“Mary” is the latest play directed by Roxana Silbert on the main stage of the Hampstead Theatre, written by Rona Munro as the sixth instalment in the cycle “The James Plays”, about the medieval Stuart monarchs of Scotland. It is a dense and rich piece of work, especially when it comes to its well researched historical aspects, less so when it tries to move us as an audience. The play explores the story of Queen Mary of Scots and her subjects at a pivotal time when Scotland was deeply divided by clashing political forces. What is interesting is the game of mirrors we are presented with from start to end. We almost never see Mary on stage, but rather three other characters: James Melville, an officer of the Scottish Government played by Douglas Henshall, Thompson, a servant of the court, played by Brian Vernel, and a fervent protestant servant of the royal household, Agnes, played by Rona Morison.
The small cast has great synergy and does a very good job of lifting the heavily literary text of the play off the page. However, it is difficult to relate to their dilemmas and embark on a personal journey with any of them. The play is successfully built within a complex historical context, with each of the three characters carrying perspectives and personal dilemmas profoundly enmeshed within the social, political and economic issues of the time. There are touching moments of humanity and humour from each of them but overall the very long scenes and extensive dialogues feel like heavy work for the listener. What suddenly takes centre stage in the second half of the play is the rape of Queen Mary by James Hepburn, Earl of Bothwell, and the wider and important conversation of traditionally twisting women’s narratives to serve men’s agendas, sexual violence and the responsibility men have in holding themselves accountable and speaking up. This feels like the clearest and most emotionally resonant and contemporary aspect of the play. Unfortunately, it comes quite late in the story and doesn’t really succeed in bringing together all the different threads and themes explored up to that point.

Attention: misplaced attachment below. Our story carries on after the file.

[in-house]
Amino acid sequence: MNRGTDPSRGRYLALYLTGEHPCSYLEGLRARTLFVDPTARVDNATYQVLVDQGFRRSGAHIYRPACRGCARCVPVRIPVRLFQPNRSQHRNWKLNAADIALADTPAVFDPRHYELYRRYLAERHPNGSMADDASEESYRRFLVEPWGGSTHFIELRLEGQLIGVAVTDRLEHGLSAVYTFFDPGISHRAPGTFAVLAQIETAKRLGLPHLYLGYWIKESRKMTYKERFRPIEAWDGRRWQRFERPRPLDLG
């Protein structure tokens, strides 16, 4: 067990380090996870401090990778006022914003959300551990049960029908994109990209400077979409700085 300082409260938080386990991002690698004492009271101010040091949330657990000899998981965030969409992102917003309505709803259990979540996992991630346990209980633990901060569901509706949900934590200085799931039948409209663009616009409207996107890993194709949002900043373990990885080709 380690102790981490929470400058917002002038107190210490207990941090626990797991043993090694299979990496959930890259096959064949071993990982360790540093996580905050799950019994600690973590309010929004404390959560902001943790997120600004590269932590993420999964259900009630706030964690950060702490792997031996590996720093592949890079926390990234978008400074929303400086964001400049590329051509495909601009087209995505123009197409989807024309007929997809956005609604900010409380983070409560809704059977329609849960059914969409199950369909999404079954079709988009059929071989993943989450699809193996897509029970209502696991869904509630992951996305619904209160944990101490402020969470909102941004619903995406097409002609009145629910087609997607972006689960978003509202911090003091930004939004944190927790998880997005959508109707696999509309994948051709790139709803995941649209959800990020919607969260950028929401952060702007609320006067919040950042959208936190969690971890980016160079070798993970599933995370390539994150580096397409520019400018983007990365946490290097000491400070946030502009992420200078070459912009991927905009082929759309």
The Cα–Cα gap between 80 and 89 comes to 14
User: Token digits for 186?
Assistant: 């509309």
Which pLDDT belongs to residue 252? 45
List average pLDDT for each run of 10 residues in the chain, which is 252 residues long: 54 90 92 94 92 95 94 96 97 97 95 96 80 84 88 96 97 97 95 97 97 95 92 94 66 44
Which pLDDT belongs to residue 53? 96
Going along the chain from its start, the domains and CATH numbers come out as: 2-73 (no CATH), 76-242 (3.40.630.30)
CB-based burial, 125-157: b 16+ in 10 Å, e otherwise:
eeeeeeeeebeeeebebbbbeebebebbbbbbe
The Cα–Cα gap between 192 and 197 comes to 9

The direction of Roxana Silbert is simple and effective, the three characters continuously move and shift across the stage as if stranded on a precarious raft, trying to balance their personal, political and religious interests. It is an ambitious work that courageously asks the audience its full intellectual attention, more or less successfully using history as a tool to make us look at the very complex forces at work in our times.
It runs until 26 November.
Photo: Manuel Harlan